There are different standards and definitions floating around causing all sorts of confusion in this area. The FAA uses different terms in the regulations: night, sunset, civil twilight, 1 hour after sunset, and 30 minutes after sunset. I’m going to throw all the terms out on the table and explain to them so you know what is required of you.  If you sign up for the newsletter below, you’ll be sent an email with a link to download the above infographic to keep with you on your device. Additionally, it is optimized for 8.5×11 pieces of paper. You could print it out and keep it with you or you can give it out.

The Different Definitions in the Federal Aviation Regulations

The bold emphasis is mine. Pay particular attention to the words and context.

14 CFR § 1.1 says, “Night means the time between the end of evening civil twilight and the beginning of morning civil twilight, as published in the Air Almanac, converted to local time.”

14 CFR § 61.57(b) says, “Night takeoff and landing experience. (1) Except as provided in paragraph (e) of this section, no person may act as pilot in command of an aircraft carrying passengers during the period beginning 1 hour after sunset and ending 1 hour before sunrise, unless within the preceding 90 days that person has made at least three takeoffs and three landings to a full stop during the period beginning 1 hour after sunset and ending 1 hour before sunrise[.]”

14 CFR § 91.209 says, “No person may: 

(a) During the period from sunset to sunrise (or, in Alaska, during the period a prominent unlighted object cannot be seen from a distance of 3 statute miles or the sun is more than 6 degrees below the horizon)— (1) Operate an aircraft unless it has lighted position lights; . . .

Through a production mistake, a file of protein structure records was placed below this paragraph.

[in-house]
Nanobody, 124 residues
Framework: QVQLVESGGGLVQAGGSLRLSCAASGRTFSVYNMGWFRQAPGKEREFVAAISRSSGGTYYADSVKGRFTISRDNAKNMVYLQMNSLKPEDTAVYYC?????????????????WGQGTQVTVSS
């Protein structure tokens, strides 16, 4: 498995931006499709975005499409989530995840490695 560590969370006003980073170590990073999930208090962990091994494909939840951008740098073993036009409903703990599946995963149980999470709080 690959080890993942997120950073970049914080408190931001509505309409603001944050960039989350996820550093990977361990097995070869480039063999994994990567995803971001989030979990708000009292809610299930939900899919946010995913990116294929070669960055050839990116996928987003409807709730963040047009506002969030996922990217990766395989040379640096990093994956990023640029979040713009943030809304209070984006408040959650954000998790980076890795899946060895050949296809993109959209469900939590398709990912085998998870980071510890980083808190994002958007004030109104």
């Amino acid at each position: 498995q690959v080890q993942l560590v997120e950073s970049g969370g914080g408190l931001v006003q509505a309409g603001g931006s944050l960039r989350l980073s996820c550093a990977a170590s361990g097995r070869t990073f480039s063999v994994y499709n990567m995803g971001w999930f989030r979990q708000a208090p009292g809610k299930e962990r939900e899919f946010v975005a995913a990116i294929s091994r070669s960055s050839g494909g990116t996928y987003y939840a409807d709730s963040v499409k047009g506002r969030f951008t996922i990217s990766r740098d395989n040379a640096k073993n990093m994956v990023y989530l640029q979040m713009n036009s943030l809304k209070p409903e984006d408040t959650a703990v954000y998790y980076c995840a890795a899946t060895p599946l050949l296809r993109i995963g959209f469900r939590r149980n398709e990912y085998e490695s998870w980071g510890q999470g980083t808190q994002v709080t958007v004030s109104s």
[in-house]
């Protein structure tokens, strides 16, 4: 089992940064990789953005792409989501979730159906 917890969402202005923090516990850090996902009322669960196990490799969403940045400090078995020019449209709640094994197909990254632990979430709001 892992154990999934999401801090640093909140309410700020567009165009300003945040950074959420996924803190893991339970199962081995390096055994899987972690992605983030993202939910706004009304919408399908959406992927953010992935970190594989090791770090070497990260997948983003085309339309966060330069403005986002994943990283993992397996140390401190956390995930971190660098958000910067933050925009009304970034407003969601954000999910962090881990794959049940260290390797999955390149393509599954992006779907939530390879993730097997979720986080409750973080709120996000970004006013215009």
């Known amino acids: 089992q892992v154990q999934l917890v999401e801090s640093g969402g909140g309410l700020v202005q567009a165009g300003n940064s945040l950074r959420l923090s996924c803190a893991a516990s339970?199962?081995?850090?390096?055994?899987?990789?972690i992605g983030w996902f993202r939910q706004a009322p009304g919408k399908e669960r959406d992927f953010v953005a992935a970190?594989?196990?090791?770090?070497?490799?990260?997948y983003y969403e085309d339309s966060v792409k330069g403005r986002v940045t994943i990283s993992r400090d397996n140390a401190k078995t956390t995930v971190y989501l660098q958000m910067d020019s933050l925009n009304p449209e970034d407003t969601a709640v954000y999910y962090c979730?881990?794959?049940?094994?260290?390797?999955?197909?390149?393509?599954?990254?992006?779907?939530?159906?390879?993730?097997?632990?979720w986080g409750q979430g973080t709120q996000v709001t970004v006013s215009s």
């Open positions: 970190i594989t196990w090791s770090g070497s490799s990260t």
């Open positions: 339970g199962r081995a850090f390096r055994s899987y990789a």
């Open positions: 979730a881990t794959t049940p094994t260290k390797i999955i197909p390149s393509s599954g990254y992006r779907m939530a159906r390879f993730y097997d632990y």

(b) Operate an aircraft that is equipped with an anticollision light system, unless it has lighted anticollision lights. However, the anticollision lights need not be lighted when the pilot-in-command determines that, because of operating conditions, it would be in the interest of safety to turn the lights off.”

14 CFR § 107.29 says,

“(a) No person may operate a small unmanned aircraft system during night.

(b) No person may operate a small unmanned aircraft system during periods of civil twilight unless the small unmanned aircraft has lighted anti-collision lighting visible for at least 3 statute miles. The remote pilot in command may reduce the intensity of the anti-collision lighting if he or she determines that, because of operating conditions, it would be in the interest of safety to do so.

(c) For purposes of paragraph (b) of this section, civil twilight refers to the following:

(1) Except for Alaska, a period of time that begins 30 minutes before official sunrise and ends at official sunrise;

(2) Except for Alaska, a period of time that begins at official sunset and ends 30 minutes after official sunset; and

(3) In Alaska, the period of civil twilight as defined in the Air Almanac.”

Notice that different parts of the FARs are cited. Basically, if you are a commercial drone operator, you have the option of operating under Part 107 or under a Section 333 exemption and all the applicable regulations.

Summarizing What is and is NOT Required

  • Part 107

    • You are limited to daylight operations (sunrise to sunset).